Now, Friday posts will be a little weird because these will be more free-form. Usually, I'll probably use these posts to tell interesting anecdotes from my life (like the time a friend and I went on a road trip to the Dallas Comic-Con and ended up getting lost or the vacation to San Antonio where every that could go wrong did). However, I might just use the post to talk about something completely random so I can get it out of my head.  Since Friday is supposed to be the end of the work week, I thought I'd represent that by letting Friday be a "go with the flow" day for the blog.

Now, there will be occasions where I decide to make a post on Tuesday, Thursday, or on the Weekend. However, those will mostly be spur of the moment things where I talk about something that just happened and I want to give my opinion on it right then or there or where I can quickly talk about something that I was just thinking about before I forget it.

So, I hope you enjoy this new schedule and let's hope I can actually stick to it.

Monday, May 20, 2013

Movie Review: Star Trek Into Darkness

Directed by J. J. Abrams, Star Trek Into Darkness is the sequel to 2009's Star Trek reboot. After the destruction of a Starfleet building in London and an attack on its admirals during a meeting, Captain James T. Kirk leads a manhunt to a war-zone world to capture a one man weapon of mass destruction. When our heroes find themselves at the center of a nefarious plot that threatens millions, Kirk will have to decide if he is willing to make the sacrifices needed to protect the only family he has left: his crew.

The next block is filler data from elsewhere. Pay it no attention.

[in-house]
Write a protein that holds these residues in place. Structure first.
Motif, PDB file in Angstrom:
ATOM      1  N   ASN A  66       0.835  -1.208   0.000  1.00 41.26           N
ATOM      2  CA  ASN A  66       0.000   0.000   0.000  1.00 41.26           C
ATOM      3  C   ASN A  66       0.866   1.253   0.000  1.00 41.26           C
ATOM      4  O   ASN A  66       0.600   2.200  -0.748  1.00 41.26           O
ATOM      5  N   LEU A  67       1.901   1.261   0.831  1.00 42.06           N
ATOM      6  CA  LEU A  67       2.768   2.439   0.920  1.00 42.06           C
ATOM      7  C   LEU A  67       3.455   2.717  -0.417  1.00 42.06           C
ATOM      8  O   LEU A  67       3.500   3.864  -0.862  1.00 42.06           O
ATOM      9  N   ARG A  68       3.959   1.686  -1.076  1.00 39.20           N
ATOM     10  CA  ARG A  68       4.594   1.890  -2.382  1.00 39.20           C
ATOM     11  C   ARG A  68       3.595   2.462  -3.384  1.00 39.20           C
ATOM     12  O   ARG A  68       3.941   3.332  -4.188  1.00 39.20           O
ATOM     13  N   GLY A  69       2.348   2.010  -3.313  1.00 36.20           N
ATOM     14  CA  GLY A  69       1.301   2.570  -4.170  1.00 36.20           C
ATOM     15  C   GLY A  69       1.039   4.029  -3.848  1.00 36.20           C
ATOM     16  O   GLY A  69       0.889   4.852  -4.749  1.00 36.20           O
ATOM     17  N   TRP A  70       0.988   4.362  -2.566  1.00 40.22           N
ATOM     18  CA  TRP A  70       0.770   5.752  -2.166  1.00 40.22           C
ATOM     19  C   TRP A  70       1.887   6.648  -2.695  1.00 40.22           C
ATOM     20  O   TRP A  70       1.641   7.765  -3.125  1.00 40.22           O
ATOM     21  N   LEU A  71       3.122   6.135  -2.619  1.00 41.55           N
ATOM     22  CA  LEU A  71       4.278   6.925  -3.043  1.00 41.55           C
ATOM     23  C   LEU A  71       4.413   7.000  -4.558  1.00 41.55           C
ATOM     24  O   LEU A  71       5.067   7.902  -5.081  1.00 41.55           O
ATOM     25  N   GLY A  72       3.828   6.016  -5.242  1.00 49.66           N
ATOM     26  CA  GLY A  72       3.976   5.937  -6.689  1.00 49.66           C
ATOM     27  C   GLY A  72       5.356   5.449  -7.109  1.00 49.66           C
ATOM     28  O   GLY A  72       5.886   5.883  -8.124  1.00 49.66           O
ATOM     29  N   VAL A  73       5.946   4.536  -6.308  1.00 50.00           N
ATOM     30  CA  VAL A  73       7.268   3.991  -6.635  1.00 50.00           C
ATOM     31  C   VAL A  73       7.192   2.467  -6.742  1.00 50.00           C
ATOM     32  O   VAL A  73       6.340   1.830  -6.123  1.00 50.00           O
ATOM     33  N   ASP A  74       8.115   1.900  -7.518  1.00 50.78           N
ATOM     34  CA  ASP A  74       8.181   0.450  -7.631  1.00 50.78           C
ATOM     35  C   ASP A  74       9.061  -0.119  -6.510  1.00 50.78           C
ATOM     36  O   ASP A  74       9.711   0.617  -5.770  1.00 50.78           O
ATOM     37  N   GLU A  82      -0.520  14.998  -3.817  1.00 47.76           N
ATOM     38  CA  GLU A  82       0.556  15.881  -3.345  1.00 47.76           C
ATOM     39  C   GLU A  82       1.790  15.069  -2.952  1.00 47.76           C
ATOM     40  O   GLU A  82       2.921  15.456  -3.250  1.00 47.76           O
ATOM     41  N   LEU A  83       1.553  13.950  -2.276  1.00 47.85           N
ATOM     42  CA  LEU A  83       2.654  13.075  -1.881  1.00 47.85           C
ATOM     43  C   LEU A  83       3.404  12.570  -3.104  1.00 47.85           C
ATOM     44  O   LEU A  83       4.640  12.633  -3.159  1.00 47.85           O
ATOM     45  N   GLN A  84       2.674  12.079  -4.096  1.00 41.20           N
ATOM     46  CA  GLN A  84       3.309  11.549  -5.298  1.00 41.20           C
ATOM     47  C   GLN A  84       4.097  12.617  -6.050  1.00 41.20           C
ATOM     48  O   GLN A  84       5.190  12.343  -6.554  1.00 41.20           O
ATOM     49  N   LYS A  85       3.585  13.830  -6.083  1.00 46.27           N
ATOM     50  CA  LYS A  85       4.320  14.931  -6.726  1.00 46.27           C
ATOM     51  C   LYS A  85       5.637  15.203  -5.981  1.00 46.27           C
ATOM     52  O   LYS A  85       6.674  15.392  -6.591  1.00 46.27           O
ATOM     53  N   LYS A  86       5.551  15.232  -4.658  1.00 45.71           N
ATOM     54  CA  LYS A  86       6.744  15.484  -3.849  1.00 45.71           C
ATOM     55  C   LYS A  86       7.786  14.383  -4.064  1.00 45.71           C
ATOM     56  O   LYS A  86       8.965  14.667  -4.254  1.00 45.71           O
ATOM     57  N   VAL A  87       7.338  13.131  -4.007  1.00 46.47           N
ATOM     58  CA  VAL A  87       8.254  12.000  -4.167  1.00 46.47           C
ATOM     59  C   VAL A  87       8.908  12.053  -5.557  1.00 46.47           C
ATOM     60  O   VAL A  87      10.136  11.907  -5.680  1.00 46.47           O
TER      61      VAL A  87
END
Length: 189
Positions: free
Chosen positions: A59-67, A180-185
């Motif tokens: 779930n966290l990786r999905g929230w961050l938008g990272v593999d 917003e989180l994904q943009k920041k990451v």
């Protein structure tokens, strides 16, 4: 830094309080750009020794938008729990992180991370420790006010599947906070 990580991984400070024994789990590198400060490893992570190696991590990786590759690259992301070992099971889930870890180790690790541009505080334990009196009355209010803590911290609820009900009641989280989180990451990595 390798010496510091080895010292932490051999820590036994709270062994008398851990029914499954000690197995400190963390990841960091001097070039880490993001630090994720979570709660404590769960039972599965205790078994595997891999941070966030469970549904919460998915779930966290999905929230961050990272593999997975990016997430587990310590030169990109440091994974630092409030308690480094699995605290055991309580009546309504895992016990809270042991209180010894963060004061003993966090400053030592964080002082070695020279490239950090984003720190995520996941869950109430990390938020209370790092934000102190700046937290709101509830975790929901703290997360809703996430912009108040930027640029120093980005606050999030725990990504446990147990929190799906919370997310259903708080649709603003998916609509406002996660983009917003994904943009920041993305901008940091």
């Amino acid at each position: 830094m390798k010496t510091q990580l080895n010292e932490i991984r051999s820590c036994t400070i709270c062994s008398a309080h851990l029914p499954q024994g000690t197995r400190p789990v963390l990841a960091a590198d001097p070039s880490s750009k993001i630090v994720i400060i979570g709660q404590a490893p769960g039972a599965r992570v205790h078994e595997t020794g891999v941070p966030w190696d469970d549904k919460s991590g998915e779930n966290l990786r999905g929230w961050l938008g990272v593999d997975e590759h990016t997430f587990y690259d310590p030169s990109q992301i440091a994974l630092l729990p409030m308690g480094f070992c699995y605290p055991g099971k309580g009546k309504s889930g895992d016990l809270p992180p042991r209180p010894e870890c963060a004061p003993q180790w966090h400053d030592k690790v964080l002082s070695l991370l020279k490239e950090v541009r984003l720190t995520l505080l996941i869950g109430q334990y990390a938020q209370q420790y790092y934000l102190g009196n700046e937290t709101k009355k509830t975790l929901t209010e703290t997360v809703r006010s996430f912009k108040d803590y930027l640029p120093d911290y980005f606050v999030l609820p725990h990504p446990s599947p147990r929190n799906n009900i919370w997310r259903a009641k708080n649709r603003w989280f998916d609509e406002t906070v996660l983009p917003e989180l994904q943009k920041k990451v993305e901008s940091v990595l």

Star Trek Into Darkness is an improvement to Abrams' 2009 reboot. Like any good sequel, Into Darkness takes what was good about its predecessor and amplifies it while doing its best to fix the previous film's problems. Gone are the domineering lens flares and the awkwardness inherent to the transition between the original series and this re-imagined universe. However, the film has developed some flaws of its own. Thankfully, those flaws do not stop Into Darkness from being an enjoyable film that feels like a Trek film.

The acting, once again, is great. Chris Pine and Zachary Quinto have fully embraced their roles as Kirk and Spock, making the characters their own while remaining familiar to die hard Trekkers. Both were perfect choices to play younger, less experienced versions of the famous duo. Benedict Cumberbatch is equally fantastic, giving a performance that is both interesting and chilling. Karl Urban, Simon Pegg, and the rest of the crew also are great and each gets their moment of time.

The directing is just as good. Abrams knows just how position his shots for the greatest effect, making the movie visually great and interesting to look at. The only real weakness is his tendency to shoot space battles very close up, making it hard to make things out at times. While that isn't that big of a problem since there is only a handful of space battle-like scenes in the movie, it can be annoying at times.